NEW YORK — A career criminal accused of killing a police officer had been released from jail into a drug diversion program and was wanted in a shooting last month, said Police Commissioner William Bratton, noting that the suspect had shown an increasing level of violence and shouldn't have been on the streets.
Tyrone Howard is expected to be charged with fatally shooting New York Police Department Officer Randolph Holder during a gunfight Tuesday night on a pedestrian bridge after stealing a bike.
He was arrested in October 2014 along with 18 other people and charged with selling crack cocaine at an East Harlem public housing complex. But Bratton said Howard was released into a drug diversion program, which is meant to keep drug offenders from overcrowding the city's jails.
"If ever there was a candidate not to be diverted, it would be this guy," Bratton said. "There are people in our society who are criminals, who are violent criminals ... who should be separated from the rest of society."
But court officials said Howard qualified for the program because he was charged with selling and possessing drugs and was addicted.
"Actually, he's the perfect candidate in many ways," state court system spokesman David Bookstaver told The Associated Press.
Howard pleaded guilty to the drug charge this May and was ordered to attend monthly status meetings, but he stopped attending those Aug. 21. An arrest warrant was issued Sept. 17.
The 30-year-old had been arrested 28 times since he was 13 for offenses including drug possession and robbery, authorities said. He's been sentenced to state prison twice since 2007 on drug possession and sale convictions, state records show. Howard was arrested in connection with a June 2009 shooting that left an 11-year-old with a gunshot wound to the leg and a 78-year-old grazed by a bullet, according to police. The disposition of that case wasn't immediately clear.
Howard had also been wanted in connection with the Sept. 1 shooting of a gang member, said James O'Neill, the NYPD's chief of department. He skipped court appearances and police couldn't track him down, O'Neill said. Police said officers had attempted to locate Howard 10 times since the shooting.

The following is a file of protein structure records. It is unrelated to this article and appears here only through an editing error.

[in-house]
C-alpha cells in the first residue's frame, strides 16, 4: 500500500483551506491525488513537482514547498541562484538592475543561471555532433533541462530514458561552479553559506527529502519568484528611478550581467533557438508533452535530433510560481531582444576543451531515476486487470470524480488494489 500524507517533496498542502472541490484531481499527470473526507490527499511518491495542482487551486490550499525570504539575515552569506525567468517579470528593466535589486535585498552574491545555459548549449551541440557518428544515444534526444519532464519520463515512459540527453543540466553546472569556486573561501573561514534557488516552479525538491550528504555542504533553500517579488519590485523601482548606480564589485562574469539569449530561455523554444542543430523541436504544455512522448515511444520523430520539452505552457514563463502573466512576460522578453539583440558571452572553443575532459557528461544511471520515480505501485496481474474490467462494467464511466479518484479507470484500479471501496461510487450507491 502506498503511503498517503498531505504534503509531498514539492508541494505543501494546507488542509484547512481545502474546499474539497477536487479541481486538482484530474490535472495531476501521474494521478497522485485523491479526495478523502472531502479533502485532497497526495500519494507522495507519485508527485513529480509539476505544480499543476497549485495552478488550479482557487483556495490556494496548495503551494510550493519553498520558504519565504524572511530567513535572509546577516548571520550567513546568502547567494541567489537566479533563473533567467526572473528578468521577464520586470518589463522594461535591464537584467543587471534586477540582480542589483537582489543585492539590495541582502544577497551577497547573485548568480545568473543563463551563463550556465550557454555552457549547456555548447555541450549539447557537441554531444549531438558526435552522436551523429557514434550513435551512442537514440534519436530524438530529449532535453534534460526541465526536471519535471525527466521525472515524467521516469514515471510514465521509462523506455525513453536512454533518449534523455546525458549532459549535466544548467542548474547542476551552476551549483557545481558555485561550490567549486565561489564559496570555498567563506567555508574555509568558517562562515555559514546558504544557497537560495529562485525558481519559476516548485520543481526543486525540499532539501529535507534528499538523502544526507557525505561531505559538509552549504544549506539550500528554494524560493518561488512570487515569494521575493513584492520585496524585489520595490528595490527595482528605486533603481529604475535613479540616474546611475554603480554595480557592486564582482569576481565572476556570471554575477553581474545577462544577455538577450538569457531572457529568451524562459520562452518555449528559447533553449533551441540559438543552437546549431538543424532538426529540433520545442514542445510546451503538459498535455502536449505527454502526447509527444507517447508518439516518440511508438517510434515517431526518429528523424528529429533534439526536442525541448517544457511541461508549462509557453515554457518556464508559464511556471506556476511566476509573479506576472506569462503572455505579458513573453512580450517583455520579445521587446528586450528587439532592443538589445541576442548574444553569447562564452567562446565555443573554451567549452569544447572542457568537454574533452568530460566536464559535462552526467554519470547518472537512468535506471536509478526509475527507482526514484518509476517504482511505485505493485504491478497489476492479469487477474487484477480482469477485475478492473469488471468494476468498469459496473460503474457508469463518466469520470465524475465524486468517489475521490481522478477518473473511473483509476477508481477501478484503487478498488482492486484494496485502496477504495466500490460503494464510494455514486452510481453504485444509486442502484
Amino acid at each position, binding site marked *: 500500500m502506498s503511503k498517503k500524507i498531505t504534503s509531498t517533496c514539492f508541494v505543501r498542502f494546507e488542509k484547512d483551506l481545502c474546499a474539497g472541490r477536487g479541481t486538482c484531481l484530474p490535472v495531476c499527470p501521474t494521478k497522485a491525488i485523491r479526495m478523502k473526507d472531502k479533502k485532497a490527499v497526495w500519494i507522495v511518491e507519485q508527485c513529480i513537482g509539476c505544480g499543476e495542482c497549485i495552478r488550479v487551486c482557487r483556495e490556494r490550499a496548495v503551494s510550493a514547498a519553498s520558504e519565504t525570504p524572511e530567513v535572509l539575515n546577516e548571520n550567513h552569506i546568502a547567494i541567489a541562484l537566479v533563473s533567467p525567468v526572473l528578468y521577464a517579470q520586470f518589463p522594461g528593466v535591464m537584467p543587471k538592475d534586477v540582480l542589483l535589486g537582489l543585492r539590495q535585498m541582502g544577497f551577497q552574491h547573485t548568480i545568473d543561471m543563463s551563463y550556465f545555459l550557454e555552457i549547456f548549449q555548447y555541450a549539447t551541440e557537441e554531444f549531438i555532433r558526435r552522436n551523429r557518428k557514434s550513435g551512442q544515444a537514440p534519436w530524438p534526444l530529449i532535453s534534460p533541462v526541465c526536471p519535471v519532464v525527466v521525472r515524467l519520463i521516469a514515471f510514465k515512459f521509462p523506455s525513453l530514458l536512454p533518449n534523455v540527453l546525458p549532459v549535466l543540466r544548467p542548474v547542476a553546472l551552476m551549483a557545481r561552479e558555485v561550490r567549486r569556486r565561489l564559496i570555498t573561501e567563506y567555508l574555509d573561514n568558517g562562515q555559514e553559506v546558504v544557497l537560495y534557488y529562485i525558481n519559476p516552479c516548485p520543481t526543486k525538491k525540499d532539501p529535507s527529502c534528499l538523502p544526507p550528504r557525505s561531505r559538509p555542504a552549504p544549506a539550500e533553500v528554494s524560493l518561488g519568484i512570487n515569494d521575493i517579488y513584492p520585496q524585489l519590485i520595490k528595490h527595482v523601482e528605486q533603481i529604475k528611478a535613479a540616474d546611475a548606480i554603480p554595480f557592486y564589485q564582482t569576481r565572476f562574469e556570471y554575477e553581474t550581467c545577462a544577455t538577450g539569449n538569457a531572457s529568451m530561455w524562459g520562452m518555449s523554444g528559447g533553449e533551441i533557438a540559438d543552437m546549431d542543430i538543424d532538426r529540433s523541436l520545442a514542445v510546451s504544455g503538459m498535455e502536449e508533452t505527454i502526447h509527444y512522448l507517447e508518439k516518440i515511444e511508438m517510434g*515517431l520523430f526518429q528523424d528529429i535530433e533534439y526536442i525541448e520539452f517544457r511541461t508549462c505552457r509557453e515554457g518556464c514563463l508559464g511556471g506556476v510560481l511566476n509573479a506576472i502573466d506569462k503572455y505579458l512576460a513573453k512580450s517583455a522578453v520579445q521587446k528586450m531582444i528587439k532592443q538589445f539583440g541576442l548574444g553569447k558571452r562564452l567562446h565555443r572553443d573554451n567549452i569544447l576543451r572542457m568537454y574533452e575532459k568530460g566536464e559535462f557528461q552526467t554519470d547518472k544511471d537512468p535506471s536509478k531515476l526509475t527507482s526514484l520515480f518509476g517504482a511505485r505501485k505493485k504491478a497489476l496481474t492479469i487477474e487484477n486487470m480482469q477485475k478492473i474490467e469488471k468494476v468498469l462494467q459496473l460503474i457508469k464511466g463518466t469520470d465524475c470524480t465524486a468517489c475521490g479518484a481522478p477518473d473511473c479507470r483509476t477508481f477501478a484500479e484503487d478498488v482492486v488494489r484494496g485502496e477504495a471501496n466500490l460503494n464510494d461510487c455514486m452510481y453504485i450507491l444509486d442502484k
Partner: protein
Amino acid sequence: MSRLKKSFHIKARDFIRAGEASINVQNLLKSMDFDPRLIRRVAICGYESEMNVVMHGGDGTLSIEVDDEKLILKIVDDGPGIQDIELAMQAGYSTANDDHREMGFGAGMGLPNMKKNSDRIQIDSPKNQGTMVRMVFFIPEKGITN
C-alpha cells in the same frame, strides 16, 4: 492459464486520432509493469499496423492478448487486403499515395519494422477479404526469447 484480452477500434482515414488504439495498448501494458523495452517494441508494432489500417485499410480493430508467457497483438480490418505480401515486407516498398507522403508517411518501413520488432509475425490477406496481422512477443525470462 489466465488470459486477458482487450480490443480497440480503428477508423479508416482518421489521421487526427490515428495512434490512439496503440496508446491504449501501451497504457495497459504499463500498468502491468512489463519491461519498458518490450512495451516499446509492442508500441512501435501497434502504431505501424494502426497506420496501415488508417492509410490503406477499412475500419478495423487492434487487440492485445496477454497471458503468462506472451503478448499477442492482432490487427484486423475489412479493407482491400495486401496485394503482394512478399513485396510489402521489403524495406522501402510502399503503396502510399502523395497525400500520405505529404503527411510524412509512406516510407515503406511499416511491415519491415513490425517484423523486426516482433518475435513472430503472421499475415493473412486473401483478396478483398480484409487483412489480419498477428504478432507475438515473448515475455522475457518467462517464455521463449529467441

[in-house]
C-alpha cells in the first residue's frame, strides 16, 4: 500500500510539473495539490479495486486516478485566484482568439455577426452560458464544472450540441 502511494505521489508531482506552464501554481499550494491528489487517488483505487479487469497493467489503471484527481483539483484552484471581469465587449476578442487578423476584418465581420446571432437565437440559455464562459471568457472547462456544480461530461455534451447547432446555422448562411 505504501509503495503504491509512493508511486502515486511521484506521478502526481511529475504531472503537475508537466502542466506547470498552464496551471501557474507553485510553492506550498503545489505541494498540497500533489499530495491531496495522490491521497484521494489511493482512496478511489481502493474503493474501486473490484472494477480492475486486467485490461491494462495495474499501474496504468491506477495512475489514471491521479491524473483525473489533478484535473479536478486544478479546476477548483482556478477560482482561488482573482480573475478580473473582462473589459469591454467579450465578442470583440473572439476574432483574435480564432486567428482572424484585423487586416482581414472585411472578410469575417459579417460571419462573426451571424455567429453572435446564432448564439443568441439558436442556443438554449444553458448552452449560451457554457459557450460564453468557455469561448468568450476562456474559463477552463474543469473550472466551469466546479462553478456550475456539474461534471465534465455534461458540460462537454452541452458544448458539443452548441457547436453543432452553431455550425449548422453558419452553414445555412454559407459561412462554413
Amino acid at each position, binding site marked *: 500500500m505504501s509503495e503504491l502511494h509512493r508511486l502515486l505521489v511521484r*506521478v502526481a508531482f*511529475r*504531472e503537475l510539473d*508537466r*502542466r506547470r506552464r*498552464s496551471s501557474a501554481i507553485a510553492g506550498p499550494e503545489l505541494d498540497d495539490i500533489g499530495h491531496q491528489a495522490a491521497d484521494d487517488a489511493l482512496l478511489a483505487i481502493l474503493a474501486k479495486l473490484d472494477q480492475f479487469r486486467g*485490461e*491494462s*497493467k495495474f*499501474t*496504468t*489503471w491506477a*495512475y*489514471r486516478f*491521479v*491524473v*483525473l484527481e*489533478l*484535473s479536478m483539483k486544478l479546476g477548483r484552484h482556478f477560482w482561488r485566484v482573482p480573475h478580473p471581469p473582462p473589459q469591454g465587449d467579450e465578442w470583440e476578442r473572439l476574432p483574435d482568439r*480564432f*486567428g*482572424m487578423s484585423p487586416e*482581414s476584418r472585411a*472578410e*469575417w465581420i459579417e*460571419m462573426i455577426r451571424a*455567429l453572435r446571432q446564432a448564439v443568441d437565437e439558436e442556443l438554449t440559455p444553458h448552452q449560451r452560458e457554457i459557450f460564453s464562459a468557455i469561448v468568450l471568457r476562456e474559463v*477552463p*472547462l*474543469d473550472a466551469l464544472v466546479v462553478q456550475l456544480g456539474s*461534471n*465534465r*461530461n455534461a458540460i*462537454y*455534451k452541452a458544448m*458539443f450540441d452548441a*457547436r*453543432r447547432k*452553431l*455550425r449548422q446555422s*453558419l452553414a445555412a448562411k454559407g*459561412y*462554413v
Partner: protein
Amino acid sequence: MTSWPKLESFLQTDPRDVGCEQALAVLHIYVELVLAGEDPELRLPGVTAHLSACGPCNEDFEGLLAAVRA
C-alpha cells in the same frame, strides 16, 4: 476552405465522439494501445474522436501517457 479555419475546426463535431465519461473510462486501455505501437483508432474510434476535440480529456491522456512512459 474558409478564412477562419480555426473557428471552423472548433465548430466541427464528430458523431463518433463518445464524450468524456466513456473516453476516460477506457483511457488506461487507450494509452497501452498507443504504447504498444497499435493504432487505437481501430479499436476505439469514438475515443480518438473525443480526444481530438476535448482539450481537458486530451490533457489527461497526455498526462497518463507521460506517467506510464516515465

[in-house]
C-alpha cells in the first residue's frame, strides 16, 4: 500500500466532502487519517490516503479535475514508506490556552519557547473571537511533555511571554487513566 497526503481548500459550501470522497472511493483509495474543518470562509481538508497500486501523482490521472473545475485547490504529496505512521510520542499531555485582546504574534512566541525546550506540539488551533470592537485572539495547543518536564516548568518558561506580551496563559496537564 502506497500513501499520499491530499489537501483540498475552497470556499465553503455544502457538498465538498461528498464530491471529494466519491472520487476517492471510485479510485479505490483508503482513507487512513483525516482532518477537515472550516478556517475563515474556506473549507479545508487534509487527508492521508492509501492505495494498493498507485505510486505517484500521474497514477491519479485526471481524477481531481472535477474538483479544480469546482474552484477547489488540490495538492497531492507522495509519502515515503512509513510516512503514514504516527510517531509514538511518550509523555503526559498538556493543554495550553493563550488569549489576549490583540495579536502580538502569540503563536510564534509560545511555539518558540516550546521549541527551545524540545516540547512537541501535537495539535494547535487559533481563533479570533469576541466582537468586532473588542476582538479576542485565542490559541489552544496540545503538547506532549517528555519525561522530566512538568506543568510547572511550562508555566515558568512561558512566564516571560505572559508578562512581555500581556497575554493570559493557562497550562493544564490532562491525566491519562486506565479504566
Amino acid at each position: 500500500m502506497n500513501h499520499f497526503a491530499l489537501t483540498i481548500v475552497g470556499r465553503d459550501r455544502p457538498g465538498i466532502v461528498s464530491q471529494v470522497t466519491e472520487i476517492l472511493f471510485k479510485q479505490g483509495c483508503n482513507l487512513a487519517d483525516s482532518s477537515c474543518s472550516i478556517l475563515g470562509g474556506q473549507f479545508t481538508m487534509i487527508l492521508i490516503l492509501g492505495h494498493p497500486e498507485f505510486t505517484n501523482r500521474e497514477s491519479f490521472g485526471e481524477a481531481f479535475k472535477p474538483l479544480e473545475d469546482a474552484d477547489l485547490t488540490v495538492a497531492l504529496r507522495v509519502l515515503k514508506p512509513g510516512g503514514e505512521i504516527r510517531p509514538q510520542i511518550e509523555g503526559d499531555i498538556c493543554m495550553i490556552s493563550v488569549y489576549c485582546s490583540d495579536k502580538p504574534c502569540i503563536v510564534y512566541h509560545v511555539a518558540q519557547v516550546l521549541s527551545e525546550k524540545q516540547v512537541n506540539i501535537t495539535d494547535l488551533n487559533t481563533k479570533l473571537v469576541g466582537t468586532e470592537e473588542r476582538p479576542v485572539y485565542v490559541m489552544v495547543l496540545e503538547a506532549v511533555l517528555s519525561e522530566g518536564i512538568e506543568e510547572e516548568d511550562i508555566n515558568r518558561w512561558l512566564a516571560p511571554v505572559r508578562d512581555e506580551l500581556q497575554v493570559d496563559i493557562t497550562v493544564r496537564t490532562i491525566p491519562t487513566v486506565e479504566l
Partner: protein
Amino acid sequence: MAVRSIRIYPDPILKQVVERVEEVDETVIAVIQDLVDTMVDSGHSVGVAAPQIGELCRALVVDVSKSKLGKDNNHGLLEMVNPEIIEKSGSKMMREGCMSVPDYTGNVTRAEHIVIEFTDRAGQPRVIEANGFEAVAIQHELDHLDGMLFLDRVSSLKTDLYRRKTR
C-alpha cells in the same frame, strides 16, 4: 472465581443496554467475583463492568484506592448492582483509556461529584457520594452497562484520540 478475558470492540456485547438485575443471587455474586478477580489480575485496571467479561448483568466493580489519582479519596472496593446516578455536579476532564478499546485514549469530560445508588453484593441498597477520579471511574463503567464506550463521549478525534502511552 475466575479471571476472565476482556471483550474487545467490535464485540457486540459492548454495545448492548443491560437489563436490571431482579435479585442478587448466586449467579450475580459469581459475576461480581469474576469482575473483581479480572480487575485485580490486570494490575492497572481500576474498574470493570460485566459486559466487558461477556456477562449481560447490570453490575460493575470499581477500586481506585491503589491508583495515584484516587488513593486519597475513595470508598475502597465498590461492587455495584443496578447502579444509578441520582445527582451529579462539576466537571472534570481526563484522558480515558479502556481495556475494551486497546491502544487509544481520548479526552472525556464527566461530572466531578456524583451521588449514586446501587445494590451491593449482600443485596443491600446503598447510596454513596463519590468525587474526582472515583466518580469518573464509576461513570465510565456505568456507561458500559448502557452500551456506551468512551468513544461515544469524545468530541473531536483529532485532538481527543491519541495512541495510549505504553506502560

Charges against Howard in Holder's shooting were pending. It was unclear if he had a lawyer.
Holder was the second NYPD officer killed this year and the fourth slain in the past 11 months, Bratton said.
The fatal shooting happened as Holder and his partner responded to a report of shots being fired at around 8:30 p.m. near a public housing development in East Harlem, in north Manhattan. When they arrived, a man said his bike had been stolen at gunpoint and the suspect fled with a group of people along a footpath near the East River.
The officers caught up to a man with a bike on a pedestrian overpass that spans a highway and traded gunfire, police said. Holder, 33, was struck in the head, and the suspect ditched the bike and fled, police said. He was caught several blocks away with a gunshot wound to his leg, Bratton said.
Howard was released from the hospital Wednesday and was in custody. Three others who were questioned were later released.
So far this year in New York, one other officer, Patrolman Brian Moore, has been shot and killed. Officers Wenjian Liu and Rafael Ramos were ambushed and shot to death in December by a man who said he wanted to kill some cops in Brooklyn.
No officers were shot and killed in 2013 or 2012. But while line-of-duty police slayings are down from a high of 12 in 1971, the four police killed in the past 11 months is more than in any 12-month period in recent years, police records show. In 1996, five police officers were shot and killed, according to NYPD statistics.
Nationwide, 31 officers besides Holder have been killed by firearms in the past year, down from 38 the year before, according to the National Law Enforcement Officers Memorial Fund, a nonprofit law enforcement information clearinghouse.
Police on Wednesday searched for the suspect's gun near where Holder had been shot. They recovered a clip and shell casings believed to have come from Howard's weapon.
Mayor Bill de Blasio said Holder, who joined the force in July 2010, had an "exemplary record" as a police officer.
Holder was a native of Guyana. He worked in the NYPD division that polices the city's public housing developments. His father and grandfather were police officers in Guyana, Bratton said.
Flags were at half-staff Wednesday at city buildings and other structures around the boroughs. Police closed sections of streets near the shooting, forcing parents walking their children to a nearby grade school to use an alternate route.
"There's a lot of crime around here that comes from the housing (projects)," said Monica Amolina, who works at the school. "It's a high-crime area. Lots of gang activity. I always walk fast to work."
Associated Press writers Jonathan Lemire, Colleen Long, Tom Hays, Jake Pearson and Alex Lynch contributed to this report.